February 27, 2009

Age of Steam 3rd Edition Board Game Released

AgeOfSteam3rdEdition.jpgAttention fans of rail builders out there, specifically Rail Road Tycoon fans, the more complex strategy classic Age of Steam 3rd Edition [Funagain] has been released. This new revision shares common rules with the perevious editions, but sports components far superior to to those releases; Additionally the base game in Age of Steam 3rd Edition is also designed for 3 to 6 players to play over the course of two hours, but also sports two additional fold out maps that offer single player and two player scenarios.

The game definitely kicks it up a notch on the old difficulty scale compared to Rail Road Tycoon, so if you're a fan of that franchise and you'll looking for something a bit more challenging, then Age of Steam is certainly worth your time. Fans of Ticket to Ride may find Age of Steam 3rd edition a significant step up from the fun Family Game they're used to, so they may want to try out Railroad Tycoon instead.

We should also mention that this Age of Steam 3rd Edition release comes out on the eve of Steam, a restructuring of the Age of Steam franchise. So if you're a long time Age of Steam fan, then you might want hold off to see what that release brings to the table next month.


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February 25, 2009

Tide of Iron Designer Series Volume One

TideOfIronDesignerSeriesV1.jpgWe're pretty big fans of the WWII tactical board game Tide of Iron. In fact the only glaring flaw is that we don't have enough time to devote to the well-designed scenarios that ship with the game and its expansions (sessions take about 3-5 hours).

If you're gang busters about your war games, then you know this series is alive and kicking with some great expansions, like Days of the Fox and the new Normandy Expansion both of which added new units, pieces and rules to the mix. The fact that Fantasy Flight continues to deliver with well produced materials speaks volumes to the longevity of the system. Now Fantasy Flight has also shown the series some more love with a new hardcover supplement of well-designed and balanced scenarios.

The Tide of Iron Designer Series [Amazon, Funagain] is cheaper than your normal expansion, and has scenarios for the base game, Days of the Fox, and Normandy.

Astute gamers may note that the Designer Series came out sometime around the new year. We didn't speak of it because there were gobs of incredible titles coming out at the time . But now, after the dust from the holiday shelling has settled, it's time to emerge from our bunker for some more Tide of Iron goodness.

Here are the official details:


Compiled by distinguished conflict historian Dana Lombardy (Streets of Stralingrad), the Tide of Iron: Designer Series is a hard cover collection of twenty scenarios crafted by today's most famous wargame designers. Using the mechanics of the Tide of Iron base game, these design masters have crafted the first volume in one of the most exciting collections of wargaming history. The Tide of Iron: Designer Series is an incredible addition to the Tide of Iron base game, offering a whole new level of depth and historical context for players to enjoy. - Scenarios vary from short, fast-play skirmishes to massive tactical battles. - Historical backgrounds and anecdotes for each scenario written by the scenario designer. - Several scenarios incorporate the North Africa Days of the Fox Expansion. - One epic scenario which requires two copies of Tide of Iron for a massive, multiplayer experience.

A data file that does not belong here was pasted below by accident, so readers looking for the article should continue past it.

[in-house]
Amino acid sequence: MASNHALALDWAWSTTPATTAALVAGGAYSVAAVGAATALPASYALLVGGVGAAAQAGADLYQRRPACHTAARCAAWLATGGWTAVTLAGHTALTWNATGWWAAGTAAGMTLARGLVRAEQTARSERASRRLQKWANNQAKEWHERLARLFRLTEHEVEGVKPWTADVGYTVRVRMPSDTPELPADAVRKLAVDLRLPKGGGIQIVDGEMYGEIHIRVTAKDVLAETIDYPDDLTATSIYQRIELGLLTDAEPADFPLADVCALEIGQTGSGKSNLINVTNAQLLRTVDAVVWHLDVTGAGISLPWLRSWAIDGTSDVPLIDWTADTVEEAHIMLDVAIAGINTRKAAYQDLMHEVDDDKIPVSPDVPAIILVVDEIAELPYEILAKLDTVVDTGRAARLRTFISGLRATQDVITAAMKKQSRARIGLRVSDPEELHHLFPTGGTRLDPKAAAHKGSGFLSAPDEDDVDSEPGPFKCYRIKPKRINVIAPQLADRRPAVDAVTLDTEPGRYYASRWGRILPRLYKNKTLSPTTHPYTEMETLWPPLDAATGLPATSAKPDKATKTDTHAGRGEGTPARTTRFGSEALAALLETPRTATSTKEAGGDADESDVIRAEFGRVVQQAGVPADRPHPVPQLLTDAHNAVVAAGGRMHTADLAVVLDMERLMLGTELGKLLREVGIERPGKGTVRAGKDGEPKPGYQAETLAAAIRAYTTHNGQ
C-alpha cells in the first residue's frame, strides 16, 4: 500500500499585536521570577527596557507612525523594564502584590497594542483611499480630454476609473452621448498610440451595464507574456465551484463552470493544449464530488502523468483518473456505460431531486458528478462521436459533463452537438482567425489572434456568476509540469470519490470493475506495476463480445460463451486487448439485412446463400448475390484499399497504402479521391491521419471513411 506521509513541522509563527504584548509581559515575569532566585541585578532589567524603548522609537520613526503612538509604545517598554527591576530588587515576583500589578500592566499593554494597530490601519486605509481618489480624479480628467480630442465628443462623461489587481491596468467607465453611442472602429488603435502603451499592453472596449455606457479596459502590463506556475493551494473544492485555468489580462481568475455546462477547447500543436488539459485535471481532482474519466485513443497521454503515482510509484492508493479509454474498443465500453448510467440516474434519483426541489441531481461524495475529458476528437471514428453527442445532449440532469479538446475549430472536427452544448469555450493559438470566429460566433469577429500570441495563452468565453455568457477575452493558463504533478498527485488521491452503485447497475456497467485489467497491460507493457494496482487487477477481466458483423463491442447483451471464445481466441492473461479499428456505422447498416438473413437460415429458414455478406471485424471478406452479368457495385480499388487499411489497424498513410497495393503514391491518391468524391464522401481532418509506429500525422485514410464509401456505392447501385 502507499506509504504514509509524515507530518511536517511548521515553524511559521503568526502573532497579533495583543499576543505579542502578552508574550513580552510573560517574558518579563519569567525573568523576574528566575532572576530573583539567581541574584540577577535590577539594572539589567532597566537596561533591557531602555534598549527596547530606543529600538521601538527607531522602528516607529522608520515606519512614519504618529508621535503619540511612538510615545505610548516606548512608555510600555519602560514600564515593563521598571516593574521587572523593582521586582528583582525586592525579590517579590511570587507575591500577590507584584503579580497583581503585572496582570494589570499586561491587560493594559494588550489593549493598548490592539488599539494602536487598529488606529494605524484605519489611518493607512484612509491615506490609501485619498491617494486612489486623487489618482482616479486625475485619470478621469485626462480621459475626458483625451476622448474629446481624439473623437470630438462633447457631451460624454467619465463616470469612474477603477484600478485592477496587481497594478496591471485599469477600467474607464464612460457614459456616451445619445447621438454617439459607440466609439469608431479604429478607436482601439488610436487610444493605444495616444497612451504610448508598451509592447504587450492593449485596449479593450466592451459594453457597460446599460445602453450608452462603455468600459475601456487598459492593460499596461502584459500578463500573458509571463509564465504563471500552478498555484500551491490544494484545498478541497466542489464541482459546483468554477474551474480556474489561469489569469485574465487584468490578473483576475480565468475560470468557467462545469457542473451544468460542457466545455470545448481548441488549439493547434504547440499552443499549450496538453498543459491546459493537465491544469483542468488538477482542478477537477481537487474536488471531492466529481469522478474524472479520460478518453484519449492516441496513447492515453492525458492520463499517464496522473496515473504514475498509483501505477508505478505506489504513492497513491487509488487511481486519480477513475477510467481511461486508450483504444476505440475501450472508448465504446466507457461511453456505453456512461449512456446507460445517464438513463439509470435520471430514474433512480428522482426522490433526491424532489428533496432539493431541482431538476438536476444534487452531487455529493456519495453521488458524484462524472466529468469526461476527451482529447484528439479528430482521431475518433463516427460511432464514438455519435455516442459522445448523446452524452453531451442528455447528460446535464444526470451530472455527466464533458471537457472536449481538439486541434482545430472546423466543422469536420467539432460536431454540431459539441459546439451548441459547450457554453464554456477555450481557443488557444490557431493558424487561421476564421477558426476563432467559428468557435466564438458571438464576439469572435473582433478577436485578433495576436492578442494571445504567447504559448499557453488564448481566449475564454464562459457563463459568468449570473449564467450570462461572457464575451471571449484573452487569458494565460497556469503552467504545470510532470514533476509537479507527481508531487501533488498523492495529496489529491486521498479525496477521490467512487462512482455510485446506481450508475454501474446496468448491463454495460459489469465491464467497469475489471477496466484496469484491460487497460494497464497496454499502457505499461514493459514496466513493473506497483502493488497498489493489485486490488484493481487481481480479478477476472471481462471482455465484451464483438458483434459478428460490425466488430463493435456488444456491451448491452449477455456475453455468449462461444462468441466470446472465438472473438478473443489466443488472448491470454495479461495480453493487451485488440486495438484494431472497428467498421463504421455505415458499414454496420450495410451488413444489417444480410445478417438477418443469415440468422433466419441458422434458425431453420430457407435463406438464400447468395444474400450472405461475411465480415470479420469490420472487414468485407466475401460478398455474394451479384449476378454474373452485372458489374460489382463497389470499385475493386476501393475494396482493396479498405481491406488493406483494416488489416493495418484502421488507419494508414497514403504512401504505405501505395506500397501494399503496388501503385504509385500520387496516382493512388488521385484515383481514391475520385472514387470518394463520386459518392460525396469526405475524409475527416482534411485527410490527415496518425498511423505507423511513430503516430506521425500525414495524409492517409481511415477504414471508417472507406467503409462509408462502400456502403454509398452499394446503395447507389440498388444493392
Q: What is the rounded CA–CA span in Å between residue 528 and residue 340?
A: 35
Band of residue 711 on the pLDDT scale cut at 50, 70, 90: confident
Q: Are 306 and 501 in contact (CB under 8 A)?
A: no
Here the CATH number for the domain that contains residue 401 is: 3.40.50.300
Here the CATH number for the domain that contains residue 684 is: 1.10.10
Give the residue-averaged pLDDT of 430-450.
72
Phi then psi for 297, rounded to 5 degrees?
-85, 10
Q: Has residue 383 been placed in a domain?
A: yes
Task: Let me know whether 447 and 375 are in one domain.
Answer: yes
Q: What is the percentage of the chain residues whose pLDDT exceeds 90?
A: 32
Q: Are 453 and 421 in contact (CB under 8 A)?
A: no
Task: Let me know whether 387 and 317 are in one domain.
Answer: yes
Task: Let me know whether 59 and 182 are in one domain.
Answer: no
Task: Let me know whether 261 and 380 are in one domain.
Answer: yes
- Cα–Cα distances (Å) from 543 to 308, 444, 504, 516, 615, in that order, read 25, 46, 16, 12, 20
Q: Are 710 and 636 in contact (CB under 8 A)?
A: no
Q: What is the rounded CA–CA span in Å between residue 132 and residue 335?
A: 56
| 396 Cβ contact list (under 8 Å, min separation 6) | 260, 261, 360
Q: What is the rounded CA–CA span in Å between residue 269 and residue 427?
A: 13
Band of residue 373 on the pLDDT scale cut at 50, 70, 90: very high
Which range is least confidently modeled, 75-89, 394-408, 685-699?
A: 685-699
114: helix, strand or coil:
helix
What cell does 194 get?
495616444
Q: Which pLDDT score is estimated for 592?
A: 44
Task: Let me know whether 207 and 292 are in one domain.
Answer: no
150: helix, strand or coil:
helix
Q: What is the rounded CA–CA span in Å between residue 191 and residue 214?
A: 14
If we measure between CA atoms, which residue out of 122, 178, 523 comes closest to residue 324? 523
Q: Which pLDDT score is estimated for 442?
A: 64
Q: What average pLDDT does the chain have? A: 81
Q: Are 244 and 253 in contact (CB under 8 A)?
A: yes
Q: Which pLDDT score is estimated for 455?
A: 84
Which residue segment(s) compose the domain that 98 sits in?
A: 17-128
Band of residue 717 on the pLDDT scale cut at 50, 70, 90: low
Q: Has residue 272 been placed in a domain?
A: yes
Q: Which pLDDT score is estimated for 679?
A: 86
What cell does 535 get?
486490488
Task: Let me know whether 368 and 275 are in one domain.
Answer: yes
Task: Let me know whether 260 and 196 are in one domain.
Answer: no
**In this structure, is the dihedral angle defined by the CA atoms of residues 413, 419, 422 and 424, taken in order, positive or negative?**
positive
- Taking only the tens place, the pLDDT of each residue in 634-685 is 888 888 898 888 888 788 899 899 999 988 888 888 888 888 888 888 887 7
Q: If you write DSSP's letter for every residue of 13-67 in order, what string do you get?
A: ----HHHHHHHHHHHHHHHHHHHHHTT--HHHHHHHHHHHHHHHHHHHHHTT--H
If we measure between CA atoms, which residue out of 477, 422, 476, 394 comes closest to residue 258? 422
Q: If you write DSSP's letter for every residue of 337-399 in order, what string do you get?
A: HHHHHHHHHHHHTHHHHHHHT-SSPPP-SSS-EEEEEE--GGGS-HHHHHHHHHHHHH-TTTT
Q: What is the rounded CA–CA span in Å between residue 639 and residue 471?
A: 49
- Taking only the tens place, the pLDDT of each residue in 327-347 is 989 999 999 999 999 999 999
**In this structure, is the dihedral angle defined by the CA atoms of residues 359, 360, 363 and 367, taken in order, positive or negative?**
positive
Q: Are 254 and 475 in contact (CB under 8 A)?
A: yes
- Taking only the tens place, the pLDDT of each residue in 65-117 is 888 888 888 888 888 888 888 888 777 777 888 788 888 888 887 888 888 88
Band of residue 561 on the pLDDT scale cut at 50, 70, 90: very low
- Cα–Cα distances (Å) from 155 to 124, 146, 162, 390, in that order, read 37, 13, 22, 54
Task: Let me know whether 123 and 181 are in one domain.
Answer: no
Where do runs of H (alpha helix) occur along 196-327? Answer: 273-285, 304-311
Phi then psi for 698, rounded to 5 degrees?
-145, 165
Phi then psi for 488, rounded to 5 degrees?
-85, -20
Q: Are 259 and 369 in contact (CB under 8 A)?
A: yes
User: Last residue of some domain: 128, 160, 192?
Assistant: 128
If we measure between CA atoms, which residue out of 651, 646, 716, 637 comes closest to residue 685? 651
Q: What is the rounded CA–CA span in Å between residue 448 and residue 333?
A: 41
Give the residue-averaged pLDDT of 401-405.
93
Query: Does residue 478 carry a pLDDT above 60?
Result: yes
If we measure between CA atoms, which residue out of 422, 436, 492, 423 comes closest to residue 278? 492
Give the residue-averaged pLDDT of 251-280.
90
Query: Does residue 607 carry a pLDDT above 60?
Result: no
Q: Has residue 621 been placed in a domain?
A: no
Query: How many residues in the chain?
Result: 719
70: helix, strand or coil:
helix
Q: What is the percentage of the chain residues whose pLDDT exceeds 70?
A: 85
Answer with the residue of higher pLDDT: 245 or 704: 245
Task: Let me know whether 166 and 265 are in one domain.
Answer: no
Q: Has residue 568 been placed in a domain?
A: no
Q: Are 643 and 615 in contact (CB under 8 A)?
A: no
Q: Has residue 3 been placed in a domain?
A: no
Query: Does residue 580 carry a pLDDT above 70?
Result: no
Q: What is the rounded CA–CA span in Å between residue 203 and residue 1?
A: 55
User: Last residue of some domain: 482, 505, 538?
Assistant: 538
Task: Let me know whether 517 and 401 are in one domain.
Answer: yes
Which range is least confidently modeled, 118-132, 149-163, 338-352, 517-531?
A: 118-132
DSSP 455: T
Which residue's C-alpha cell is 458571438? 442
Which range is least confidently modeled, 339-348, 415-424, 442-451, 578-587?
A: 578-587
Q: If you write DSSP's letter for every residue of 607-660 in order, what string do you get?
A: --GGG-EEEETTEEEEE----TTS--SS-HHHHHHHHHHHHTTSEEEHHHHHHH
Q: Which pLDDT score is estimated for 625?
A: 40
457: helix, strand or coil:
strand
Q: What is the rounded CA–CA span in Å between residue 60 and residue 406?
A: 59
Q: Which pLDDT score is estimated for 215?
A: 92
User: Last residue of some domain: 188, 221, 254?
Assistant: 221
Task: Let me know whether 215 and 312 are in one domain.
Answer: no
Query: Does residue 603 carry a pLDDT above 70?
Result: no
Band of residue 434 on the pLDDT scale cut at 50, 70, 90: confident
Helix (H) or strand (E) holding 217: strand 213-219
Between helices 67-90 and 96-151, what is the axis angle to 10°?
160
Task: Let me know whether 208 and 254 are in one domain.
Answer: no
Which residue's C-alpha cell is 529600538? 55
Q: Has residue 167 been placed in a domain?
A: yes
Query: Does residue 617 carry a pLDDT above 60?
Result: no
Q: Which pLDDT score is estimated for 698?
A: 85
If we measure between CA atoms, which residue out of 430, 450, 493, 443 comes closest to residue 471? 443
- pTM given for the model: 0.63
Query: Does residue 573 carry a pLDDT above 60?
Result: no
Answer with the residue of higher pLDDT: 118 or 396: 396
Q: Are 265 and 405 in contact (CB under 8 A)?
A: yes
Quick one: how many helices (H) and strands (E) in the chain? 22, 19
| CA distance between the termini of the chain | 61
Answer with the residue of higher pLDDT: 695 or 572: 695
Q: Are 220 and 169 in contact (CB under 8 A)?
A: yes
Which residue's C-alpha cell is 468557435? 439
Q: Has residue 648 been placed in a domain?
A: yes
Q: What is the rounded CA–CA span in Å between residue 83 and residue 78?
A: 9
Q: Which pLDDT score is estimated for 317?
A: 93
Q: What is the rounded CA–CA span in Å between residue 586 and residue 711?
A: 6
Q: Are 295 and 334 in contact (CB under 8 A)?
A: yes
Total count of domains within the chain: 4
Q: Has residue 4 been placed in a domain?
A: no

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February 24, 2009

Empire Total War Demo Debuts on Steam

EmpireTotalWarRedCoats.jpgLong time readers know that we're avid fans of Creative Assembly's Total War Franchise for the PC. Well in just over a week's time, the new installment Empire Total War [Amazon] hits shelves, and we'll be knee deep in marathon sessions of Imperial Age warfare - both on tactical and strategic levels - from the very moment the game is released.

Those thirsting for some of the tactical action right right must no longer wait: the Empire Total War Demo is now available on the Steam download service. It includes two battles: the American Revolution Battle of Brandywine Creek, and the naval Battle of Lagos.

The naval battles is a new feature for the Total War games, and though it depicts an English fleet against a mass of French vessels, the demo's scenario still lacks certain acoutremonts to bring the system to life. We would like to hear more atmosphere to bring us into the battle: sailer calls, marine gunfire, and the crack of opening sails, but perhaps we'll have to just wait for someone to mod the game a bit after launch. The naval warfare also lacked some strategic depth at first -- at least until we figured out the whole broadside mechanism. Toy a bit with the round cannon buttons in the lower right and you'll soon be on your way to kicking some scurvy butt. Unfortunately you can't roll as the French in the demo.